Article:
Offshore warehouses stuffed with treasures of the wealthy to avoid tax

Published:  26 Dec at 6 PM
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The creative use of tax avoidance schemes has hit a new high with the discovery of massive freeport warehouses in offshore havens crammed with artworks and treasures belonging to the world’s mega-rich.

Usually located close to docks or airports near major world financial centres such as Zurich, Geneva, Singapore and Monaco, the giant, high-security complexes allow unloading straight from private jets and motorised yachts. The freeports are a financial no-man’s land due to the suspension of taxes and customs duties.

For example, Geneva’s freeport boasts the ultimate in high-tech security, is the size of several football pitches and contains assets worth billions of dollars. The tax and duty exemption is intended as a temporary measure covering goods in transit, but has become the perfect way to amass high-value items without paying the correct dues for their importation or resale.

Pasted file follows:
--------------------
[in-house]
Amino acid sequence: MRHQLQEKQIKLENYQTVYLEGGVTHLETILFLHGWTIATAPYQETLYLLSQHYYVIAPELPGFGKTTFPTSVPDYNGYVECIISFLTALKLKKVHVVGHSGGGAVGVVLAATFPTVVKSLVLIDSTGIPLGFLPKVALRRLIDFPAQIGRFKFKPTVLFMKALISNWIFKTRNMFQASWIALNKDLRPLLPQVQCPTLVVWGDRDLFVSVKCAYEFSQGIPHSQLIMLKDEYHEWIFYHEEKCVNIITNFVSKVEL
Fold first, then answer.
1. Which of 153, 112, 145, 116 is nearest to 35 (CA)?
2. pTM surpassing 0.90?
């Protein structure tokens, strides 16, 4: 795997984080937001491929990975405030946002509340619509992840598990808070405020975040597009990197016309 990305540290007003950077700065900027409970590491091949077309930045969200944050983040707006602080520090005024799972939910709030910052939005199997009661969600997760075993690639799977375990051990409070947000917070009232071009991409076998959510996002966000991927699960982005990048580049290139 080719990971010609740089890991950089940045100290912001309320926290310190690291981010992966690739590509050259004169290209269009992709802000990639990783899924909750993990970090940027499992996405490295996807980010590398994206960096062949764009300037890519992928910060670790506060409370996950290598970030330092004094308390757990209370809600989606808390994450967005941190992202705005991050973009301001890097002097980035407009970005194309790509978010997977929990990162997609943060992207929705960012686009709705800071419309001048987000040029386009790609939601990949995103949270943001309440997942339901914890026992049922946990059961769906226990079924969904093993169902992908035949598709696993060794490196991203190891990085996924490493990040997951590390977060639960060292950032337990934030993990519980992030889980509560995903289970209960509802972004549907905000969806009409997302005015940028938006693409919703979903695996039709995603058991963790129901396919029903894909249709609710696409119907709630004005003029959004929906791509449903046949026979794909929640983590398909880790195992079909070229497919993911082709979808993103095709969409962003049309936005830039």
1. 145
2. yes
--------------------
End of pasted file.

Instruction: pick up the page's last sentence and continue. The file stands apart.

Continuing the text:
The trappings of extreme wealth stored in this manner can remain undetected for decades, and artefacts can be sold on without attracting capital gains tax or VAT. The entry of the formerly semi-secret freeports into the glare of media attention has been spurred by a distrust of financial assets since 2008, after which investors began diversifying into alternatives giving higher returns with less risk.

Vintage cars are an asset class which has seen a 430 per cent increase over the last 10 years, with freeports the perfect answer to secure storage with built-in tax avoidance. The world-famous auction house, Christies, is the Singapore freeport’s main tenant, with 40 per cent of the entire space taken over for its fine art clients’ purchases.
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